As mentioned, riteHorizon is a vertically integrated financial ERP and CRM platform. It has supported some of the largest toll agencies in the nation and has processed over two billion transactions per year, managing millions of customer accounts and billions of dollars in revenue. ETC’s riteHorizon provides high-volume transaction processing, an intuitive CRM system for customer service, an online self-service portal, and a fully reconcilable general ledger system that balances to the penny.

Figure 3: riteHorizon interface

The Central United States Interoperability Hub (CUSIOP)

Among projects that utilize riteHorizon is the Central U.S. Interoperability Hub Project, which provides interoperability between various member agencies in Texas, Oklahoma, and Kansas. In the context of toll systems, interoperability refers to an arrangement between different public and private road operators in one of more states, where transponders issued by one entity are accepted at facilities belonging to other entities.

Figure 4: CUSIOP fact sheet and interoperability across the United States. CUSIOP was the first interoperable tolling network to implement the national interoperability protocol.

CUSIOP is the nation’s first interoperability hub designed to national interoperability (NIOP) standards, which became operational in 2017. ETC designed, developed, tested, and implemented this system in compliance with U.S. national interoperability standards and facilitated transaction processing, reporting, and reconciliation for the seven participating agencies in the CUSIOP. CUSIOP processes over 600 million tolls a year and is a vital means of ensuring mobility in the central region of the U.S.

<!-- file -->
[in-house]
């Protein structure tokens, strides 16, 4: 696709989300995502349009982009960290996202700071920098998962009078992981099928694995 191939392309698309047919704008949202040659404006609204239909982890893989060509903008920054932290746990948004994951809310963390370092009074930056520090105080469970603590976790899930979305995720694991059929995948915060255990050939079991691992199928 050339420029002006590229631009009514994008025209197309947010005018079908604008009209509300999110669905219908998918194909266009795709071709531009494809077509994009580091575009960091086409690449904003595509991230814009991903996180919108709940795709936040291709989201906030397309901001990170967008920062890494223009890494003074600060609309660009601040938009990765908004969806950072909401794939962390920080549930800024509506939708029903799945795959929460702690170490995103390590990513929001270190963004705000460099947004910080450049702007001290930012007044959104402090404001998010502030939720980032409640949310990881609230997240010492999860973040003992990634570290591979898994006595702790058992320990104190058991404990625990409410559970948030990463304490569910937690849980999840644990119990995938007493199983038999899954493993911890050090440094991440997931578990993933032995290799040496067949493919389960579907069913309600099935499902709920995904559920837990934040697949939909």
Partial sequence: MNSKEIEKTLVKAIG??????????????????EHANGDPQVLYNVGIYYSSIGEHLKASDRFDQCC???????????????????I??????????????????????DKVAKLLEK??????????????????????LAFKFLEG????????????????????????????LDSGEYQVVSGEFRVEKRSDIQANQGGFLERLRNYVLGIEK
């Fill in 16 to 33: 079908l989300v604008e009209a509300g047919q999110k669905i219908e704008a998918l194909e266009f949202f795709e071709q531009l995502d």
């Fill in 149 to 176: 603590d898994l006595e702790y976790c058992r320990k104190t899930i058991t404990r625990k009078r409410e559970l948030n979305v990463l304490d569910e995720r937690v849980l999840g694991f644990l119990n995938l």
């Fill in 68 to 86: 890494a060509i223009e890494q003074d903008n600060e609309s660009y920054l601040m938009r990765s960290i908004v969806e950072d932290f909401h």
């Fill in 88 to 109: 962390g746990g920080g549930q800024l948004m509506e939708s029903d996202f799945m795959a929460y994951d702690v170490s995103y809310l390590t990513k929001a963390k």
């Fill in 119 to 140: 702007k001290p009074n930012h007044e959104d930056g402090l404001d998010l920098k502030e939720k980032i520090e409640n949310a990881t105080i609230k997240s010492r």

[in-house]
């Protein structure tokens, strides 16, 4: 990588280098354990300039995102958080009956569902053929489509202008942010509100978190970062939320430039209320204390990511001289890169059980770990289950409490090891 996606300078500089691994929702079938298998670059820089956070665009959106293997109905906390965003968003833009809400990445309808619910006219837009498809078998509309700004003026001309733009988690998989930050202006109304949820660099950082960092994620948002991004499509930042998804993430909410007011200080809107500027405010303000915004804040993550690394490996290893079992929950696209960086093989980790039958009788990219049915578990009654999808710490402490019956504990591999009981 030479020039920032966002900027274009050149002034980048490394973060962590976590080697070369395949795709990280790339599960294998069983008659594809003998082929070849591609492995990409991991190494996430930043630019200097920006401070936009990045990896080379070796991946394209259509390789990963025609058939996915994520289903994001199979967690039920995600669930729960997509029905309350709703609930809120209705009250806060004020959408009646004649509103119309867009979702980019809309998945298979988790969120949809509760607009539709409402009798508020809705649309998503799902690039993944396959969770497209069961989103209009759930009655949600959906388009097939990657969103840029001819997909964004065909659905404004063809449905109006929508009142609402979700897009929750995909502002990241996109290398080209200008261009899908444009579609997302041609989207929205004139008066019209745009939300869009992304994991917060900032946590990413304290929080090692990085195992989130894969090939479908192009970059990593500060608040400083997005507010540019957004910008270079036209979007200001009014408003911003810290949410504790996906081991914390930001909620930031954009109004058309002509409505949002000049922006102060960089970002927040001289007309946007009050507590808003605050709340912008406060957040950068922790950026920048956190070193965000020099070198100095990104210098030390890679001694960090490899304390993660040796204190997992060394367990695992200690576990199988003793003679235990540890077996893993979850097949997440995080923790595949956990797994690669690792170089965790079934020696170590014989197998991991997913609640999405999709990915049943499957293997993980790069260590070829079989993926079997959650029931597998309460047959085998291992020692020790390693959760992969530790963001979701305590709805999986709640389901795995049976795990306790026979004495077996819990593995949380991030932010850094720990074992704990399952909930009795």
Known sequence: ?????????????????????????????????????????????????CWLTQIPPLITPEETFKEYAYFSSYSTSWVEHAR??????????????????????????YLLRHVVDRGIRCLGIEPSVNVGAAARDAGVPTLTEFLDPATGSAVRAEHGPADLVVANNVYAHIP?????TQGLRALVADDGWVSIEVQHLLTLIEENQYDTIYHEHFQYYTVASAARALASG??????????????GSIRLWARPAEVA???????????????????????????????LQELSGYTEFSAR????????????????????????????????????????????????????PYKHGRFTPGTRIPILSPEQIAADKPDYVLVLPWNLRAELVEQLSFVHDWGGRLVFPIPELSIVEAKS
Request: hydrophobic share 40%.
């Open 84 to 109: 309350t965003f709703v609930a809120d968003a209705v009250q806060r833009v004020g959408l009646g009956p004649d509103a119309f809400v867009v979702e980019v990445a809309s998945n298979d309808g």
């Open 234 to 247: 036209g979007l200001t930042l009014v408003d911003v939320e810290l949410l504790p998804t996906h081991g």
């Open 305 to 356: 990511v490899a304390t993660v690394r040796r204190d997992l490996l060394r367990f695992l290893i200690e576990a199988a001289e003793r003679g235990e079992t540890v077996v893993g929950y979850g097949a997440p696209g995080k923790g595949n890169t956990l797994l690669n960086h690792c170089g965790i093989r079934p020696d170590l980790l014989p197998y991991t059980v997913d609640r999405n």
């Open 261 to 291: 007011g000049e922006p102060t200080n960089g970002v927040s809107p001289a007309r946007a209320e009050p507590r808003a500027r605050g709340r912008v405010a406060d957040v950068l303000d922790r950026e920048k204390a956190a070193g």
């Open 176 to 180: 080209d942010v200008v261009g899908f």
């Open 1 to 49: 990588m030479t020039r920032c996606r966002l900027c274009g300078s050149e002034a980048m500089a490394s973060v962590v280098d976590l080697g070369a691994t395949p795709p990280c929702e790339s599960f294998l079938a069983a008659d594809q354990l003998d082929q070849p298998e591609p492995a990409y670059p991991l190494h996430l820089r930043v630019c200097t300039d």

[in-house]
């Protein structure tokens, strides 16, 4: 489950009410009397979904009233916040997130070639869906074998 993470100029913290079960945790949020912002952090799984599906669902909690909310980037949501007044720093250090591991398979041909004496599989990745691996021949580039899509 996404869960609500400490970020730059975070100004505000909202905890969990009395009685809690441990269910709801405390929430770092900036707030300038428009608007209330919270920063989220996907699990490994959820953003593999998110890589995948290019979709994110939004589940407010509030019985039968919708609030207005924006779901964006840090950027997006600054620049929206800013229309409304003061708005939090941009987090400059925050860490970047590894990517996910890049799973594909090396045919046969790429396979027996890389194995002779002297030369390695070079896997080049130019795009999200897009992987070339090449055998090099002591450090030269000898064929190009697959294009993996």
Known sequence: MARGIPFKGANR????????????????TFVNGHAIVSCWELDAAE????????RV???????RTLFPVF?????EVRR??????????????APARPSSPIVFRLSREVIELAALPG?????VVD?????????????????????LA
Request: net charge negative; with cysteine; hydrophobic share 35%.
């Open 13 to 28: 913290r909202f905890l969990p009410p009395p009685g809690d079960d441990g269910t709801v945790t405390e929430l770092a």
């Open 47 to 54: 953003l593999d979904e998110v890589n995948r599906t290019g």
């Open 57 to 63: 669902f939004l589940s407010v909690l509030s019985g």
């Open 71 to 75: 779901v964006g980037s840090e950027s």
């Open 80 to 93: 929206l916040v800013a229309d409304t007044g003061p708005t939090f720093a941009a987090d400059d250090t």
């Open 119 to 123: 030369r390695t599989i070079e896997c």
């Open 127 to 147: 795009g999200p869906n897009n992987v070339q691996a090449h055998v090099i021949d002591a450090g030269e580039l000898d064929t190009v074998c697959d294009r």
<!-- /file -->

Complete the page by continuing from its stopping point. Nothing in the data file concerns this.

CUSIOP project implementation

ETC moved the CUSIOP hub’s operations to OCI, including test, development, user assistance, integration, production, and disaster recovery. Each environment was deployed as standby for non-production workloads and then switched over, preserving all workstreams for development teams while keeping downtime to hours.

Production was handled the same way: ETC engineers used OCI regions as disaster recovery sites and existing disaster recovery plans to drive production cutovers. The actual production cutover occurred on a normal workday and was seamless to the CUSIOP agencies.

The following architecture depicts the overall workflow at ETC. Agencies, such as Central Texas Regional Mobility Authority (CTRMA) and Texas Department of Transportation (TxDOT), upload transaction files (referred to as tag validation lists or TVLs) through SFTP to network attached storage (NAS). The transaction files are processed by submission process (SP) for validation and sent to the IO Processing (IOP) Hub. The IOP Hub sends an acknowledgment to the agencies with a return code to indicate whether a new or a duplicate validated tag has been processed. The IOP Hub then clears the transaction and reconciles its records. A performance report displays the transaction lists submitted and acknowledgments received, along with information on the transactions.